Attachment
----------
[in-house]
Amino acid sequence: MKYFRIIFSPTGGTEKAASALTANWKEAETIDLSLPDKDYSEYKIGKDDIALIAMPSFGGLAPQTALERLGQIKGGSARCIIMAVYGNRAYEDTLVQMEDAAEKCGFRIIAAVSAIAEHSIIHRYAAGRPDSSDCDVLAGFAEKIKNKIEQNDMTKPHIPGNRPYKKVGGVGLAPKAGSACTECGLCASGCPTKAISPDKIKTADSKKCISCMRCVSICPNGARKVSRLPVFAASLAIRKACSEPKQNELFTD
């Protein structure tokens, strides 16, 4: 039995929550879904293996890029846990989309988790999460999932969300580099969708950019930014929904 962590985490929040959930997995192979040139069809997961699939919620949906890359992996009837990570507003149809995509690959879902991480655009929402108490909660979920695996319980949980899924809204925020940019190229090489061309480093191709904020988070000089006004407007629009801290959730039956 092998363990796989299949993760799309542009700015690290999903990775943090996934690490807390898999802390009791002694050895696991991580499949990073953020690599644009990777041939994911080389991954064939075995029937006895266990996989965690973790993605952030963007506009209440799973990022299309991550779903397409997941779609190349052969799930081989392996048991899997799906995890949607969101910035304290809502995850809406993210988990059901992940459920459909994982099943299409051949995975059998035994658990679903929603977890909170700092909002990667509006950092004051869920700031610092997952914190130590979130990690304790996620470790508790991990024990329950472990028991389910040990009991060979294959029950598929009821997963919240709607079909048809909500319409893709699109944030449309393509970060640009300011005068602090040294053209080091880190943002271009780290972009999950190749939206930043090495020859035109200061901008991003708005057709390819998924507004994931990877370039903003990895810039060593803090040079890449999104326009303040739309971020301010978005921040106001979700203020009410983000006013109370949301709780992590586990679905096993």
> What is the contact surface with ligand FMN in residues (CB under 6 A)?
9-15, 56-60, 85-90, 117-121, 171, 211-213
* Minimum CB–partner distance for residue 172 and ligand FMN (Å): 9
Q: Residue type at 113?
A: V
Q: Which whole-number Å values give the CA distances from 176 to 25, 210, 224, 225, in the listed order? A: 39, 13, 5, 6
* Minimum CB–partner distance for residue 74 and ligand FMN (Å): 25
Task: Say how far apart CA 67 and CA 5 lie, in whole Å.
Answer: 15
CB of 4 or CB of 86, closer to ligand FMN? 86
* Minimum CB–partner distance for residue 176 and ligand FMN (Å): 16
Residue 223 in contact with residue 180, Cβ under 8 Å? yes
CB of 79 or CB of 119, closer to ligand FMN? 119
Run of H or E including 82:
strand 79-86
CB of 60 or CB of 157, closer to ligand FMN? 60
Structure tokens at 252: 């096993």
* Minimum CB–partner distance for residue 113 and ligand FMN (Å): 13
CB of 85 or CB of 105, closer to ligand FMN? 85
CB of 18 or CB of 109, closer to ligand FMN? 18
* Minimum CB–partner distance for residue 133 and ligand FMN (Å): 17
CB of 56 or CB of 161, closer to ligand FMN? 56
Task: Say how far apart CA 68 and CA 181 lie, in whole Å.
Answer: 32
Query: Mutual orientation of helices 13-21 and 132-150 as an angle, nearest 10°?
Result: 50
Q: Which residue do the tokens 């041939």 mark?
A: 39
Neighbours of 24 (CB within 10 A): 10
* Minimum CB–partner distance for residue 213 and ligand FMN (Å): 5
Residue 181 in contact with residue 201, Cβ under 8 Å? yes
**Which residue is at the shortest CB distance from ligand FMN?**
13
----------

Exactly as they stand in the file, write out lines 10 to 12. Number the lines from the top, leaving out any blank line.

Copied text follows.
* Minimum CB–partner distance for residue 74 and ligand FMN (Å): 25
Task: Say how far apart CA 67 and CA 5 lie, in whole Å.
Answer: 15